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Lost Productive Work Time Costs From Health Conditions in the United States: Results From the American Productivity Audit

Stewart, Walter F. PhD, MPH; Ricci, Judith A. ScD, MS; Chee, Elsbeth ScD; Morganstein, David MS

Journal of Occupational and Environmental Medicine: December 2003 - Volume 45 - Issue 12 - p 1234-1246
doi: 10.1097/01.jom.0000099999.27348.78
CME Article #1

Recall the overall magnitude of lsot productive time (LPT) and its dollar cost as found in the American Productivity Audit, and the respective contributions of absenteeism and decreased producitivity at work.Be aware of how LPT varies with a number of demographic and workrelated factors.Compare the factors predisposing to LPT for personal and family-related reasons. The American Productivity Audit (APA) is a telephone survey of a random sample of 28,902 U.S. workers designed to quantify the impact of health conditions on work. Lost productive time (LPT) was measured for personal and family health reasons and expressed in hours and dollars. Health-related LPT cost employers $225.8 billion/year ($1685/employee per year); 71% is explained by reduced performance at work. Personal health LPT was 30% higher in females and twice as high in smokers (≥1 pack/day) versus nonsmokers. Workers in high-demand, low-control jobs had the lowest average LPT/week versus the highest LPT for those in low-demand, high-control jobs. Family health-related work absence accounted for 6% of all health-related LPT. Health-related LPT costs are substantial but largely invisible to employers. Costs vary significantly by worker characteristics, suggesting that intervention needs vary by specific subgroups.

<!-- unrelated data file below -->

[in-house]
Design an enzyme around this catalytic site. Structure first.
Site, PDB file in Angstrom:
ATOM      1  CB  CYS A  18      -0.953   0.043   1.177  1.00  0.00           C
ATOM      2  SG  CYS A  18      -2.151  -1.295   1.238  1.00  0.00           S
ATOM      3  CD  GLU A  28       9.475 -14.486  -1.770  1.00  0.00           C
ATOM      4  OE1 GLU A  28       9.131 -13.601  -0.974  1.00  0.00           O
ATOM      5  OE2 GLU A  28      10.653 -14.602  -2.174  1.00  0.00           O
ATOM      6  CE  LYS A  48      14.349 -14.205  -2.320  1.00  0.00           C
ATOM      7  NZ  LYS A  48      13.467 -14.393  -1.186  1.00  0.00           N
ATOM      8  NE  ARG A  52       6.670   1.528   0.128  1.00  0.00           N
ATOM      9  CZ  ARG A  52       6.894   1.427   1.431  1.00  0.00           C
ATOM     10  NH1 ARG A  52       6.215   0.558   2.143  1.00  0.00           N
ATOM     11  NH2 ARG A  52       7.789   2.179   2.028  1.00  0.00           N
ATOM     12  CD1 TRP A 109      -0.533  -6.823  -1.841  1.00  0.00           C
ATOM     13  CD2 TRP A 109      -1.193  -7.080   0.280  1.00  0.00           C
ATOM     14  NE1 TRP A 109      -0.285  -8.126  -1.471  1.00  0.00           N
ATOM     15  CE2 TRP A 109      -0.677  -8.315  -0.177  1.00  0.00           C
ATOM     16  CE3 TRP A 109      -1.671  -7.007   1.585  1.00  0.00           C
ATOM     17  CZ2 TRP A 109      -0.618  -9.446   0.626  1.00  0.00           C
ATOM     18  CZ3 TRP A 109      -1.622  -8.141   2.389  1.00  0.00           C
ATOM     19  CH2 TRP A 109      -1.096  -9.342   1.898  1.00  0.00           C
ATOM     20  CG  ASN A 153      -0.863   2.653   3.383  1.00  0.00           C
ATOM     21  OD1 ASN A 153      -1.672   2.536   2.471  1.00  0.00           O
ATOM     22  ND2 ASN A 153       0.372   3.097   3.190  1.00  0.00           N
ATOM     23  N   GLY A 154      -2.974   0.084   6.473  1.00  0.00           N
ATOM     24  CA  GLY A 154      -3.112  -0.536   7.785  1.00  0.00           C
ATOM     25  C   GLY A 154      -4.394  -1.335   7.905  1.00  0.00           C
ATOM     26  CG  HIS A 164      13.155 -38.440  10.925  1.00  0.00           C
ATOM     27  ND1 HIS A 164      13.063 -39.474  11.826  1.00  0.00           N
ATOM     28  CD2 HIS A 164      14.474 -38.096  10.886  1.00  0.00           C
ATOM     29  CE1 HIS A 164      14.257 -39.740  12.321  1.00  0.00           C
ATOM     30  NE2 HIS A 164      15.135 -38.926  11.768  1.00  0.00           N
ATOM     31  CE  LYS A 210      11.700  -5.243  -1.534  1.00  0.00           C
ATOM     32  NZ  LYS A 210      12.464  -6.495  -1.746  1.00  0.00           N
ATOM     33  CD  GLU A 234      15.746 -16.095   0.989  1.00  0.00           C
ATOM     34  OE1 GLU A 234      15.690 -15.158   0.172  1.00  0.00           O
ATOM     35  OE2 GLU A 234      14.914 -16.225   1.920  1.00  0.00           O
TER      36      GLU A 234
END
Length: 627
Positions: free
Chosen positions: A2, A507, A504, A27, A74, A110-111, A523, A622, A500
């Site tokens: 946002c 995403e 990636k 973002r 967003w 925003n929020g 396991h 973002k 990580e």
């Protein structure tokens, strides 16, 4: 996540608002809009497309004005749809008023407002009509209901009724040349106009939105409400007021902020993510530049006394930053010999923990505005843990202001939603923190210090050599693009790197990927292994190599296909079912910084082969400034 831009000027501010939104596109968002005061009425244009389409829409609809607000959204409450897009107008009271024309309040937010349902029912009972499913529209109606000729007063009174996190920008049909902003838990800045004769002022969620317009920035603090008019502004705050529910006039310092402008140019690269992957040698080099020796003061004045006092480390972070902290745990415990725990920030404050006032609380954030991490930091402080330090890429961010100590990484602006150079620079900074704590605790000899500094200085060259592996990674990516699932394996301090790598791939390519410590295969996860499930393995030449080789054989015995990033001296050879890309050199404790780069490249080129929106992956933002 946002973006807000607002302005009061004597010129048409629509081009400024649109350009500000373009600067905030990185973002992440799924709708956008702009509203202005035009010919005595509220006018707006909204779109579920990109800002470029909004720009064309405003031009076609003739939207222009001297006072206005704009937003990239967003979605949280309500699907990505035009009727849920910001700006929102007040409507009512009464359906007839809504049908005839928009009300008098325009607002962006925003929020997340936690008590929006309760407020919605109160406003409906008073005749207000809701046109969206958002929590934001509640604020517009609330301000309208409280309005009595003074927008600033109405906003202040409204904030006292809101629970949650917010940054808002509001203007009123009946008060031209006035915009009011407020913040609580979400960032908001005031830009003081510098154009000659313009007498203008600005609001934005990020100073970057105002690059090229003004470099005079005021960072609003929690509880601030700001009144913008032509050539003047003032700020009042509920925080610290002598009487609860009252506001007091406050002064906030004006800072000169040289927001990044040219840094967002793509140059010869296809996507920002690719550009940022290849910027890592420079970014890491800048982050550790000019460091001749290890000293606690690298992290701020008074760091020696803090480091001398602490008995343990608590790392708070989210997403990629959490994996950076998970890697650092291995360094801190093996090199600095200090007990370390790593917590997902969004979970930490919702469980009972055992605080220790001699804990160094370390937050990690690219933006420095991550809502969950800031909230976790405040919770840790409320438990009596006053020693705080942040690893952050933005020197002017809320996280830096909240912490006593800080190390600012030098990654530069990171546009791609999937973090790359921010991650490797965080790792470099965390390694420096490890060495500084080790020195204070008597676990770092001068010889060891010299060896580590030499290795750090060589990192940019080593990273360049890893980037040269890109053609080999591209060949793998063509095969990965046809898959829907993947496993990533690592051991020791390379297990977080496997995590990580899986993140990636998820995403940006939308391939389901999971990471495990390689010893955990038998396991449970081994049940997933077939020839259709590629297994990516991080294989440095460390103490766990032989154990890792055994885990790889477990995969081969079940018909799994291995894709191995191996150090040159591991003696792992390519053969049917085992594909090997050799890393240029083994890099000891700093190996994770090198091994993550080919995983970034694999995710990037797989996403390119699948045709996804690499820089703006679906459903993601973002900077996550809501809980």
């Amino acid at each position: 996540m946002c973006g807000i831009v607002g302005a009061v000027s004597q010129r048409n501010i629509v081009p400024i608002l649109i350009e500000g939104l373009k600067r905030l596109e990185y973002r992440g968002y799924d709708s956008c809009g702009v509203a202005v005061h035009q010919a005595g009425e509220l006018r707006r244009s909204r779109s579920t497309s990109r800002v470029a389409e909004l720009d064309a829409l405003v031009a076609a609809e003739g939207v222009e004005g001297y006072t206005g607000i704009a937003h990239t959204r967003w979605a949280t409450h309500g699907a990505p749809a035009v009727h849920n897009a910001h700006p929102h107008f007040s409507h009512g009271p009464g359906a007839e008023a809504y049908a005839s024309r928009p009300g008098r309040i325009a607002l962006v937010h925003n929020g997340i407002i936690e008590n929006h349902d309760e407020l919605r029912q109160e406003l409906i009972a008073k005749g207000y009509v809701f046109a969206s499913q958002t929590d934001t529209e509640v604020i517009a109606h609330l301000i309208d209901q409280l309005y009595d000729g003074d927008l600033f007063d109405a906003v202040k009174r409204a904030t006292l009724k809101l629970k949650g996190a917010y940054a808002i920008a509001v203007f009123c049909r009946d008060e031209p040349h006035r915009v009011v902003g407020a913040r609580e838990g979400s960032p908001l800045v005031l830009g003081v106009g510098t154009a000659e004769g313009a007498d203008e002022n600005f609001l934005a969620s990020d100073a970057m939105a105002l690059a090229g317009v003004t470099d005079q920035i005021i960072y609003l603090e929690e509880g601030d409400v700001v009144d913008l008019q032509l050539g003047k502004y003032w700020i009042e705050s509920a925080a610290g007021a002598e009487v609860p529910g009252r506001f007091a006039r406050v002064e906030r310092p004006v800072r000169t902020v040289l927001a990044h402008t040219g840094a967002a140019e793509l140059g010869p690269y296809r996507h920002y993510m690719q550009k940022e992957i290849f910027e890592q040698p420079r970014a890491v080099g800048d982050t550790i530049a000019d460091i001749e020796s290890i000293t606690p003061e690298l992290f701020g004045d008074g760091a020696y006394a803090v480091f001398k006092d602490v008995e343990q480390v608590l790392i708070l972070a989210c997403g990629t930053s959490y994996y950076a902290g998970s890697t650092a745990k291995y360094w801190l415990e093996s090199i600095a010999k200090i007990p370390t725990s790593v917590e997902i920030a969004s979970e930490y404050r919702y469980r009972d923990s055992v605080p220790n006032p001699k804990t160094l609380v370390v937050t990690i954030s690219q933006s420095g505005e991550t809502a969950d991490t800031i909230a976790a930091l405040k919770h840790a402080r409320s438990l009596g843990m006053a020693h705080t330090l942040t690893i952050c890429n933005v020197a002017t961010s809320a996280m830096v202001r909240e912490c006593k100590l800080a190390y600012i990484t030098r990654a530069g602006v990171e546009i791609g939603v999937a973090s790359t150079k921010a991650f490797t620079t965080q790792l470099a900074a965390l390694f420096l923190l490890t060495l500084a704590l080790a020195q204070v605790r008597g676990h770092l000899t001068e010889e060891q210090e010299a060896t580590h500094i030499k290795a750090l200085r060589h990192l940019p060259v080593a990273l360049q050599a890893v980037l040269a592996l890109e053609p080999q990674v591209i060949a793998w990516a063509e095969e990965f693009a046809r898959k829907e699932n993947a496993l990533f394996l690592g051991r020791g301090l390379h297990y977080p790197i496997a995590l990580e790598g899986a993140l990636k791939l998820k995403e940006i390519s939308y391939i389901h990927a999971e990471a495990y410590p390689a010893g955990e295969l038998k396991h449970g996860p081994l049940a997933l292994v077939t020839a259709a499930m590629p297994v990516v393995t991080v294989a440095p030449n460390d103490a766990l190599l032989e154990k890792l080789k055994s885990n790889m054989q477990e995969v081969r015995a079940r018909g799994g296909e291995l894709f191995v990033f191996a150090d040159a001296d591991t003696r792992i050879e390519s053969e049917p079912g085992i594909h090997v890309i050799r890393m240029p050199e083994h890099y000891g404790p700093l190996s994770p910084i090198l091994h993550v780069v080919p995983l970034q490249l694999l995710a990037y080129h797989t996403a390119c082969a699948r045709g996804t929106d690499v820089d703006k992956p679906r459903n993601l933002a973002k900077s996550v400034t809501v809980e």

From the AdvancePCS Center for Work and Health, Hunt Valley, Maryland (Drs Stewart, Ricci, and Chee); Geisinger Health System, Danville, Pennsylvania (Dr Stewart); and Westat, Rockville, Maryland (Mr Morganstein).

Address correspondence to: Walter F. Stewart, PhD, MPH, Center for Health Research & Rural Advocacy, Geisinger Health System, 100 N Academy Ave., Danville, PA 17822-3030; E-mail:

Walter F. Stewart has no commercial interest related to this article.

©2003The American College of Occupational and Environmental Medicine